[open-geodata] We need more actions in the open geodata movement

Lance McKee lmckee at opengeospatial.org
Tue Jul 19 12:54:41 UTC 2011


> I believe that the geo topic is very important and needs more  
> actions so
> we can have more open geo data.


Open geospatial data depends ultimately on diverse systems being able  
to publish, discover, assess, access and use geographic information of  
diverse types. See the work of the hydrology and oceans/meteorology  
domain working groups (http://www.opengeospatial.org/projects/groups/ 
wg) in the Open Geospatial Consortium (OGC) to see how this is  
evolving in science. See Mike Jackson's comments below regarding open  
geospatial data in other domains.

Yesterday I sent Jenny Molloy "18 Reasons for Open Publication of  
Geoscience Data" (see below).

There's a lot of exciting work being done on this topic, and much more  
remains to be done. The US National Science Foundation (NSF) is  
beginning to look at geospatial as an important aspect of  
cyberinfrastructure (http://www.vector1media.com/spatialsustain/nsf-anticipates-16m-in-increased-funding-for-geo-cyberinfrastructure.html 
). Computer-mediated collection, exploration and analysis of  
geospatial data will become increasing important, and open data, for  
reasons outlined below, will be a necessary part of this. As in the  
non-geo neighborhoods of open science, progress depens on redesigning  
institutions, incentives, practices, business models and habits of  
mind that are artifacts of the pre-digital era.



Lance McKee
Senior Staff Writer
Open Geospatial Consortium (OGC)
+1 508-752-0108
lmckee at opengeospatial.org

The OGC: Making location count.

18 Reasons for Open Publication of Geoscience Data

By Lance McKee
Senior Staff Writer
Open Geospatial Consortium (OGC)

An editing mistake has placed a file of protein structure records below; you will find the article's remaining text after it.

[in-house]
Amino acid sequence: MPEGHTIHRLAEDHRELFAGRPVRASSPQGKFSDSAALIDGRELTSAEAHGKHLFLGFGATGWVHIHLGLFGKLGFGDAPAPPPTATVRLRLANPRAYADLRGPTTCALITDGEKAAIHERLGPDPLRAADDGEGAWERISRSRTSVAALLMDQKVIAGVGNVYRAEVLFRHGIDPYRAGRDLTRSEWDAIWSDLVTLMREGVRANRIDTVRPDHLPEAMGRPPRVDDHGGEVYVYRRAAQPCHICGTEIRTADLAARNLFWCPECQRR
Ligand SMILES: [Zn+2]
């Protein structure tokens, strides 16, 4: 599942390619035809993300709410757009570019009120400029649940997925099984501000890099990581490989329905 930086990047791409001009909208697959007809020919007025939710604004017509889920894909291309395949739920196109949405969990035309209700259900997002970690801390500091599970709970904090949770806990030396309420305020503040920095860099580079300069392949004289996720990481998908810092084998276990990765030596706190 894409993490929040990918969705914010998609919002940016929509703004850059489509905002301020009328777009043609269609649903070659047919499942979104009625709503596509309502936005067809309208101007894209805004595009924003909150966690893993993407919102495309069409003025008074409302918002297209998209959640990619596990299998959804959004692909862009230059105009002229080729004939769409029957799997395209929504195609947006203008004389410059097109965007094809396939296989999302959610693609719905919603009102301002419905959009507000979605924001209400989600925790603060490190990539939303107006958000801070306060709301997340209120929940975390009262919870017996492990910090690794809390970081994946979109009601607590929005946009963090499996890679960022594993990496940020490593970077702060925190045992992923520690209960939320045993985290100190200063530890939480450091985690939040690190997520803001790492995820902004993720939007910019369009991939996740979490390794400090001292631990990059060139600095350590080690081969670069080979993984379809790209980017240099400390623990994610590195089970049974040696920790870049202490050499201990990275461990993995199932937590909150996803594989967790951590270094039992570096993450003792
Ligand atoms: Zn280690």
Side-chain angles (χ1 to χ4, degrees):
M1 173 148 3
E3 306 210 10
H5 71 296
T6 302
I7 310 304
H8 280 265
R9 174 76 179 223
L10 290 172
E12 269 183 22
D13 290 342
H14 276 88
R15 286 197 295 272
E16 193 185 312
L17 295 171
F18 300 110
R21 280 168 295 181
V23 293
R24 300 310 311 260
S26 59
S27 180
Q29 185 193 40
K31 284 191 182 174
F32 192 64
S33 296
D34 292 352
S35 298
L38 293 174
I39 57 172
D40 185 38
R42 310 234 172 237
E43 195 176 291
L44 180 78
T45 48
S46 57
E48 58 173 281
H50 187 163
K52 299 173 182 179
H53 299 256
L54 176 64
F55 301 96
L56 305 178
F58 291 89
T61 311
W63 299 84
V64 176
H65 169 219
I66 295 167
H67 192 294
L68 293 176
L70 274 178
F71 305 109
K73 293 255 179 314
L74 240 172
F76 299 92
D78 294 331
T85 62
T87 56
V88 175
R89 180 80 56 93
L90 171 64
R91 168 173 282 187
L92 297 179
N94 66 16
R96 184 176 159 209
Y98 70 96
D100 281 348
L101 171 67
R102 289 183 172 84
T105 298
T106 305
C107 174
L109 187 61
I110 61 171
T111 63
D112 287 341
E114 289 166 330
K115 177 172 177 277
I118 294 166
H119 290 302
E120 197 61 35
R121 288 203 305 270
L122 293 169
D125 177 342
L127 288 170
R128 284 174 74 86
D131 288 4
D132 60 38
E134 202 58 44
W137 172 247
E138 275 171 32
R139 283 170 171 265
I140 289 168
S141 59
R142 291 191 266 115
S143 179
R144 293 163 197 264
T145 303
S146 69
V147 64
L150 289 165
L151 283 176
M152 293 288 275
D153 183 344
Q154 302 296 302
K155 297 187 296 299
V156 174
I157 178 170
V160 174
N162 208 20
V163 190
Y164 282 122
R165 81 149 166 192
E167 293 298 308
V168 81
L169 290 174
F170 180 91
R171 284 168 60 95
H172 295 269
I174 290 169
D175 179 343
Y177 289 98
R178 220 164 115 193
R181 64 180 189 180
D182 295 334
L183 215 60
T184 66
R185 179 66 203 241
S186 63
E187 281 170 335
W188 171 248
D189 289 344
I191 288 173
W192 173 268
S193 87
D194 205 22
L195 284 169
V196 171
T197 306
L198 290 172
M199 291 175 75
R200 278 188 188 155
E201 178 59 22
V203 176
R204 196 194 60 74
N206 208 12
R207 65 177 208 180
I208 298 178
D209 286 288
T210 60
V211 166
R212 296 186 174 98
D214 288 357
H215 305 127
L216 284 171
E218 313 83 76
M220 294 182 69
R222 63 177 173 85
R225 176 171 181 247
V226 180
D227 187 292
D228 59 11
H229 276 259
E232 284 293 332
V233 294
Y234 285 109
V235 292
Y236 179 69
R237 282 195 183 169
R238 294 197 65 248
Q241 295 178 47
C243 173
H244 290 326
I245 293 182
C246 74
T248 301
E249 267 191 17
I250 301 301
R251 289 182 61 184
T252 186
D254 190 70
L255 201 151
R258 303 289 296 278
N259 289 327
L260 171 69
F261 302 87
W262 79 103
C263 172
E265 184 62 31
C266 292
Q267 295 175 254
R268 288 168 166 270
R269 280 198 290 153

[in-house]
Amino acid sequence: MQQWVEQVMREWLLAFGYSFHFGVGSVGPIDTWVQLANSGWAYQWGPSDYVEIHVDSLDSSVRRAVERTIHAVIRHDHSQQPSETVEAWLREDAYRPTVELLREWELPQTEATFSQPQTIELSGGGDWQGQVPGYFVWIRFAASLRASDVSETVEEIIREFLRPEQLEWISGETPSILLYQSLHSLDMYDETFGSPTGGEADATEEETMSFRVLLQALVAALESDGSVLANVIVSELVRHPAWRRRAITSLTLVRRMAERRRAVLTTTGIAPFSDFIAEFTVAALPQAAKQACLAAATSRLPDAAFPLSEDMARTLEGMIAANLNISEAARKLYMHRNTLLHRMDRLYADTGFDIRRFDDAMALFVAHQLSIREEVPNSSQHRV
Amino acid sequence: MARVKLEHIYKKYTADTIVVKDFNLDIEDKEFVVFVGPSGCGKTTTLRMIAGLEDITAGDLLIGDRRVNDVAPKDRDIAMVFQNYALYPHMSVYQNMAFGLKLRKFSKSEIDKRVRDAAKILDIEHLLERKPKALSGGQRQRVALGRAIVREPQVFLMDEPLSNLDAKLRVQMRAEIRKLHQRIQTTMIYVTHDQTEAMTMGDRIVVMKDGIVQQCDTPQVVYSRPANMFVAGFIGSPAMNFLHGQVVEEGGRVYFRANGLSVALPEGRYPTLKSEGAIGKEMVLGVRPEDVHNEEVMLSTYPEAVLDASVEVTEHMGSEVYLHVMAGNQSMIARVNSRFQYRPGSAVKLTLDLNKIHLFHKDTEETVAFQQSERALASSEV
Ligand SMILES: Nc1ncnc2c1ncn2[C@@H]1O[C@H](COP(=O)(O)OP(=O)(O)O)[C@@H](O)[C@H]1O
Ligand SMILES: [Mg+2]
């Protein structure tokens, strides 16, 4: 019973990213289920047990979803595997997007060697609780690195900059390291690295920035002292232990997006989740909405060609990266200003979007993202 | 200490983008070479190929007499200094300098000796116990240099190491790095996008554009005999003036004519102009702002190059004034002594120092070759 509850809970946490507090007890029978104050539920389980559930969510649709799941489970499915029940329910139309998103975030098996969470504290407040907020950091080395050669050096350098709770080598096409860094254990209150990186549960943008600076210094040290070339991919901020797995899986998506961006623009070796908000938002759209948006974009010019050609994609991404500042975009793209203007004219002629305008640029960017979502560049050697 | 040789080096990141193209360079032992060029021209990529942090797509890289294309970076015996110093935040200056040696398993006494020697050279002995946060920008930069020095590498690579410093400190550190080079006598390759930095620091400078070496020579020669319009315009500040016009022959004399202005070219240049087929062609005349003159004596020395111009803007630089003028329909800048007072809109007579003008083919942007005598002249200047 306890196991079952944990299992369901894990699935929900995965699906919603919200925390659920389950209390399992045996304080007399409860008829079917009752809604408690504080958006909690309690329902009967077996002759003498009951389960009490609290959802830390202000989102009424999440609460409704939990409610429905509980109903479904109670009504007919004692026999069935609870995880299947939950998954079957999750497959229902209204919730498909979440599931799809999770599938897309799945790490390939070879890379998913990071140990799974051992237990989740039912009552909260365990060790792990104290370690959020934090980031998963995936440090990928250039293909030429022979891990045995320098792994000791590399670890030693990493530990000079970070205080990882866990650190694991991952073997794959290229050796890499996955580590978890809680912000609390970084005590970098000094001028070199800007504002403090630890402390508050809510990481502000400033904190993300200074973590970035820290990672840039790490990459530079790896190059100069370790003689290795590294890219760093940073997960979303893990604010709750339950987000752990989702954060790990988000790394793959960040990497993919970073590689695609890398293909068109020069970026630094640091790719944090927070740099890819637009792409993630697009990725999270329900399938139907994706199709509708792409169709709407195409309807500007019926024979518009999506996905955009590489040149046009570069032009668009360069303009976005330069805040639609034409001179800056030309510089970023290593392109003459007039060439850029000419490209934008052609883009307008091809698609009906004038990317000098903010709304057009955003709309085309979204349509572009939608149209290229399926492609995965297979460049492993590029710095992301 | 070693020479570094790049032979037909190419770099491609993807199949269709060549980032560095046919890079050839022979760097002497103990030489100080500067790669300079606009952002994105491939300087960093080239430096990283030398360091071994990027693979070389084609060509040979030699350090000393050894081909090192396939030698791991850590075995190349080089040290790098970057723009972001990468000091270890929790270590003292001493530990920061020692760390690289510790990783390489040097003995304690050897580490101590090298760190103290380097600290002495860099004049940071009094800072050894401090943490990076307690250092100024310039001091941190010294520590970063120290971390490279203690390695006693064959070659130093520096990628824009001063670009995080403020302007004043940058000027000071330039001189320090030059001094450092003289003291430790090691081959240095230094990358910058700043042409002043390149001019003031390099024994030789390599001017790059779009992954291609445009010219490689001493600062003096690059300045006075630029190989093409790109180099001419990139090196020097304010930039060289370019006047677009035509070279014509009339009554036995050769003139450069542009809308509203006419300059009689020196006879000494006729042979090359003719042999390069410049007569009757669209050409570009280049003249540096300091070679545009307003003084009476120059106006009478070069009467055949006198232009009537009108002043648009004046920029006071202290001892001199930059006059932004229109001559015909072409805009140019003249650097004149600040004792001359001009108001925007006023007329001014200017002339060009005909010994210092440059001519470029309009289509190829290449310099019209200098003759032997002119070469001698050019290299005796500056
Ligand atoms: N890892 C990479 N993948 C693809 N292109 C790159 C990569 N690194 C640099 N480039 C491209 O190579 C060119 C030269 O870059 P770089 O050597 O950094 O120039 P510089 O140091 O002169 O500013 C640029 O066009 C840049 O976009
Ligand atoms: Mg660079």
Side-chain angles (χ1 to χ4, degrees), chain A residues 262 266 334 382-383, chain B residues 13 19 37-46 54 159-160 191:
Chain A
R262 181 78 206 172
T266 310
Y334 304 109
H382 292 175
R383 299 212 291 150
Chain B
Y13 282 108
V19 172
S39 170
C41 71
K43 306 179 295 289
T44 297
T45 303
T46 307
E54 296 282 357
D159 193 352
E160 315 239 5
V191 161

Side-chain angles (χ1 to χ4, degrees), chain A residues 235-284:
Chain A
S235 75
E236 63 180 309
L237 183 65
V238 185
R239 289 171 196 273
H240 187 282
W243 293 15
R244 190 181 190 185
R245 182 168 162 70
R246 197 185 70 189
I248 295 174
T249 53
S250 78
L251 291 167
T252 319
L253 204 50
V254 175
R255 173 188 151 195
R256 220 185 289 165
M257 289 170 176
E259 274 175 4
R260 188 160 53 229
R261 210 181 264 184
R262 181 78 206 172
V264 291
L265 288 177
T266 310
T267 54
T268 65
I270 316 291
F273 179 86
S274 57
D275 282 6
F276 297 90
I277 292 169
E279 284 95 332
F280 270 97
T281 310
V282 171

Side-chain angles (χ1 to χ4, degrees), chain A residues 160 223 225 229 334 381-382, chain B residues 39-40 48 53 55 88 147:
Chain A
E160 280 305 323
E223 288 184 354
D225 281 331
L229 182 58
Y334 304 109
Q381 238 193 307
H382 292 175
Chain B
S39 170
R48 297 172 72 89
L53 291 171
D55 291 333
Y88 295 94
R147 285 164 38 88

lancemckee at opengeospatial.org

Despite rapid advances in technical capabilities for data sharing,  
much of the data collected by Earth scientists (other than data from  
civil agencies'’ satellite-borne imaging systems) is not easily  
available to other scientists. There are at least 18 reasons for  
making Earth location-referenced data  discoverable, assessable,  
accessible and widely usable:

Reason 1: Data transparency
Science demands transparency regarding data collection methods, data  
semantics and processing methods. Data – and scientific rigor -- need  
to be documented! Subtending to this reason is another reason: cross- 
checking between data collections for sensor accuracy.

Reason 2: Verifiability
Science demands verifiability. Any competent person should be able to  
examine a researcher’s data to see if those data support the  
researcher’s conclusions.

Reason 3: Useful unification of observations
Being able to characterize, in a standardized human-readable and  
machine-readable way, the parameters of sensors, sensor systems and  
sensor-integrated processing chains (including human interventions)  
enables useful unification of many kinds of observations, including